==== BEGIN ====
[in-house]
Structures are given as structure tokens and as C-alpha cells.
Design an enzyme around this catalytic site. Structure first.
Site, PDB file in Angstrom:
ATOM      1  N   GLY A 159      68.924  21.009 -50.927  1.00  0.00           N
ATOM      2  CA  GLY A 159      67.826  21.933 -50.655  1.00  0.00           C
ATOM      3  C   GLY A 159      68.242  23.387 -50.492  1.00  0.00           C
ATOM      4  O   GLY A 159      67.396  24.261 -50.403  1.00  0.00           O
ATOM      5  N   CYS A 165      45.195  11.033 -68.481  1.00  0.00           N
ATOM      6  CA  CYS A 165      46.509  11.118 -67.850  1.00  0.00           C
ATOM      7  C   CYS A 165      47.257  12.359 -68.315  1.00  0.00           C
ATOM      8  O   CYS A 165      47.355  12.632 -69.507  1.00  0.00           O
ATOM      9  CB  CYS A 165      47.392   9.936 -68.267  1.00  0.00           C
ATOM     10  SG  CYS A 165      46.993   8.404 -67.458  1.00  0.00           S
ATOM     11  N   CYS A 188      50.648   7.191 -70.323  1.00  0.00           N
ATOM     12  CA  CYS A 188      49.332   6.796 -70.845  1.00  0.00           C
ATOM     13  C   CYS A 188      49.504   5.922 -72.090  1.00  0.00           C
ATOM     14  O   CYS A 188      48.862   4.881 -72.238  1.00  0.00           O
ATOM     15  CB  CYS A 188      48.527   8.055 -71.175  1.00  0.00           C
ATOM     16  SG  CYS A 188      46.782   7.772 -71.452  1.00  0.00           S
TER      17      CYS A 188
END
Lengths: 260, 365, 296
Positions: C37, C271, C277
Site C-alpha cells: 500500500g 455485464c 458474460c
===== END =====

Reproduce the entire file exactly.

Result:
[in-house]
Structures are given as structure tokens and as C-alpha cells.
Design an enzyme around this catalytic site. Structure first.
Site, PDB file in Angstrom:
ATOM      1  N   GLY A 159      68.924  21.009 -50.927  1.00  0.00           N
ATOM      2  CA  GLY A 159      67.826  21.933 -50.655  1.00  0.00           C
ATOM      3  C   GLY A 159      68.242  23.387 -50.492  1.00  0.00           C
ATOM      4  O   GLY A 159      67.396  24.261 -50.403  1.00  0.00           O
ATOM      5  N   CYS A 165      45.195  11.033 -68.481  1.00  0.00           N
ATOM      6  CA  CYS A 165      46.509  11.118 -67.850  1.00  0.00           C
ATOM      7  C   CYS A 165      47.257  12.359 -68.315  1.00  0.00           C
ATOM      8  O   CYS A 165      47.355  12.632 -69.507  1.00  0.00           O
ATOM      9  CB  CYS A 165      47.392   9.936 -68.267  1.00  0.00           C
ATOM     10  SG  CYS A 165      46.993   8.404 -67.458  1.00  0.00           S
ATOM     11  N   CYS A 188      50.648   7.191 -70.323  1.00  0.00           N
ATOM     12  CA  CYS A 188      49.332   6.796 -70.845  1.00  0.00           C
ATOM     13  C   CYS A 188      49.504   5.922 -72.090  1.00  0.00           C
ATOM     14  O   CYS A 188      48.862   4.881 -72.238  1.00  0.00           O
ATOM     15  CB  CYS A 188      48.527   8.055 -71.175  1.00  0.00           C
ATOM     16  SG  CYS A 188      46.782   7.772 -71.452  1.00  0.00           S
TER      17      CYS A 188
END
Lengths: 260, 365, 296
Positions: C37, C271, C277
Site C-alpha cells: 500500500g 455485464c 458474460c